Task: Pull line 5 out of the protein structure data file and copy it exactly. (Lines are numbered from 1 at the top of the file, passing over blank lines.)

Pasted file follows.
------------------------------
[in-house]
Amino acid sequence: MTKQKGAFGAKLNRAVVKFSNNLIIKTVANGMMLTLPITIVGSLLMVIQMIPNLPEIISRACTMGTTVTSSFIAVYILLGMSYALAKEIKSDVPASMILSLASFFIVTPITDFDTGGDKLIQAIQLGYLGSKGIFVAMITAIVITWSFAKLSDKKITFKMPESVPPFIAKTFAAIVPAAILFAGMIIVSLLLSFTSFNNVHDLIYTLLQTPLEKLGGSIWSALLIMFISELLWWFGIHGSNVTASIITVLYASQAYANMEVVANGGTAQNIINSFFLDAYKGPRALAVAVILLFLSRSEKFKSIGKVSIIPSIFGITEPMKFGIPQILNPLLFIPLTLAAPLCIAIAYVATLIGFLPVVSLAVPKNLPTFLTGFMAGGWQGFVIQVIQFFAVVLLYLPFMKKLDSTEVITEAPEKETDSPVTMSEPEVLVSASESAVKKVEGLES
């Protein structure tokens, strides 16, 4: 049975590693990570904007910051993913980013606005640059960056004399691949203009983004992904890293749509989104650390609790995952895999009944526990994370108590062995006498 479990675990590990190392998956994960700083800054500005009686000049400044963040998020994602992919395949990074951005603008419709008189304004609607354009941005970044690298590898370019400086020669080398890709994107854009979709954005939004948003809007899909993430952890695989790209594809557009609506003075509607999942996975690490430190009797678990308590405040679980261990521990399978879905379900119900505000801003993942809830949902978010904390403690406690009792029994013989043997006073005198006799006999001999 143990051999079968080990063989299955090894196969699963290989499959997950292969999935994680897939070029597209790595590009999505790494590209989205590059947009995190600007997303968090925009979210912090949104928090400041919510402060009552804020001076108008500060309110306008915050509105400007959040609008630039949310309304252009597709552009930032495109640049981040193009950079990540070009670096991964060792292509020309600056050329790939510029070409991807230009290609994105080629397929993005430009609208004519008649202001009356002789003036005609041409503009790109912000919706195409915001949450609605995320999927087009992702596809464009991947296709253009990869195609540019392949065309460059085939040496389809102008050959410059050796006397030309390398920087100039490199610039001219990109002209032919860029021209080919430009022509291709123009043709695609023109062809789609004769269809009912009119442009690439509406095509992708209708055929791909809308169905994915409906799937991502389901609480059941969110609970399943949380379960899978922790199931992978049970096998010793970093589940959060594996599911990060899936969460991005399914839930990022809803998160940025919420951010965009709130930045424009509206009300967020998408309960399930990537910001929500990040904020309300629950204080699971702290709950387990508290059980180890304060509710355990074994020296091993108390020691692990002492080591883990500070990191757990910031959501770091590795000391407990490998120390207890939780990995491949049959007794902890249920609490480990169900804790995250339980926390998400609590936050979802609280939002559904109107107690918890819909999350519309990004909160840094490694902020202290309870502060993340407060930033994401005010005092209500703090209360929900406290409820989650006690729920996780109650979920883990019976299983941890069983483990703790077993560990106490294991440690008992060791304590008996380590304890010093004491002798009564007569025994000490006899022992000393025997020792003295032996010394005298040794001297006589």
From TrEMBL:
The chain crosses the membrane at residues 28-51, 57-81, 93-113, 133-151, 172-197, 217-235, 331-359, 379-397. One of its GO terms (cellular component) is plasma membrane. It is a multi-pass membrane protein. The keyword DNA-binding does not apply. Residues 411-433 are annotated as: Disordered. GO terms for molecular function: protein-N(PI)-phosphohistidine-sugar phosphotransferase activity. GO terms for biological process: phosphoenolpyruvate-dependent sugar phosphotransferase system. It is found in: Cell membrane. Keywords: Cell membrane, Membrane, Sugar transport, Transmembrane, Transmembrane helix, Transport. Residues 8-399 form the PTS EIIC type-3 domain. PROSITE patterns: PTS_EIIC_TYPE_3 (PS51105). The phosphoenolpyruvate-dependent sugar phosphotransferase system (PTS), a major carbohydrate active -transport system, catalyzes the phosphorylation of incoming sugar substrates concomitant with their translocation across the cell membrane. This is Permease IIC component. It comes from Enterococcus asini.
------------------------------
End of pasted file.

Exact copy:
The chain crosses the membrane at residues 28-51, 57-81, 93-113, 133-151, 172-197, 217-235, 331-359, 379-397. One of its GO terms (cellular component) is plasma membrane. It is a multi-pass membrane protein. The keyword DNA-binding does not apply. Residues 411-433 are annotated as: Disordered. GO terms for molecular function: protein-N(PI)-phosphohistidine-sugar phosphotransferase activity. GO terms for biological process: phosphoenolpyruvate-dependent sugar phosphotransferase system. It is found in: Cell membrane. Keywords: Cell membrane, Membrane, Sugar transport, Transmembrane, Transmembrane helix, Transport. Residues 8-399 form the PTS EIIC type-3 domain. PROSITE patterns: PTS_EIIC_TYPE_3 (PS51105). The phosphoenolpyruvate-dependent sugar phosphotransferase system (PTS), a major carbohydrate active -transport system, catalyzes the phosphorylation of incoming sugar substrates concomitant with their translocation across the cell membrane. This is Permease IIC component. It comes from Enterococcus asini.